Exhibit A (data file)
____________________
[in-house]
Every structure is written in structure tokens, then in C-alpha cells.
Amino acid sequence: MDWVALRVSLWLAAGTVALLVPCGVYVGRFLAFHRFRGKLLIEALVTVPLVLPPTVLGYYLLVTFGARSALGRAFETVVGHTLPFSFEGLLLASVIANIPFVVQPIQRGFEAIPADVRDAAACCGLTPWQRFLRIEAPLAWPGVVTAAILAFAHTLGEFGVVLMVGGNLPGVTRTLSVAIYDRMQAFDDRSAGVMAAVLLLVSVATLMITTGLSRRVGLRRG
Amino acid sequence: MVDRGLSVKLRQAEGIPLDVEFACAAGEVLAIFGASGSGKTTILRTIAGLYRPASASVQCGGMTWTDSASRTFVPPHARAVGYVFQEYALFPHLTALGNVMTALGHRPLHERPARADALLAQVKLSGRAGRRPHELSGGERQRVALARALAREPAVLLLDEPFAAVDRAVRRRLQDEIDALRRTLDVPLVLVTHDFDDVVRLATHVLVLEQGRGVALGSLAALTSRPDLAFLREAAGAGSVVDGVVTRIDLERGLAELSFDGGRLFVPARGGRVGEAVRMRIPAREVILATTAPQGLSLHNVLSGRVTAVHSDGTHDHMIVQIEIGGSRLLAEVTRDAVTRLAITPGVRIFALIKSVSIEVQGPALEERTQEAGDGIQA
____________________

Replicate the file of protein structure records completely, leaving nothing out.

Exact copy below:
[in-house]
Every structure is written in structure tokens, then in C-alpha cells.
Amino acid sequence: MDWVALRVSLWLAAGTVALLVPCGVYVGRFLAFHRFRGKLLIEALVTVPLVLPPTVLGYYLLVTFGARSALGRAFETVVGHTLPFSFEGLLLASVIANIPFVVQPIQRGFEAIPADVRDAAACCGLTPWQRFLRIEAPLAWPGVVTAAILAFAHTLGEFGVVLMVGGNLPGVTRTLSVAIYDRMQAFDDRSAGVMAAVLLLVSVATLMITTGLSRRVGLRRG
Amino acid sequence: MVDRGLSVKLRQAEGIPLDVEFACAAGEVLAIFGASGSGKTTILRTIAGLYRPASASVQCGGMTWTDSASRTFVPPHARAVGYVFQEYALFPHLTALGNVMTALGHRPLHERPARADALLAQVKLSGRAGRRPHELSGGERQRVALARALAREPAVLLLDEPFAAVDRAVRRRLQDEIDALRRTLDVPLVLVTHDFDDVVRLATHVLVLEQGRGVALGSLAALTSRPDLAFLREAAGAGSVVDGVVTRIDLERGLAELSFDGGRLFVPARGGRVGEAVRMRIPAREVILATTAPQGLSLHNVLSGRVTAVHSDGTHDHMIVQIEIGGSRLLAEVTRDAVTRLAITPGVRIFALIKSVSIEVQGPALEERTQEAGDGIQA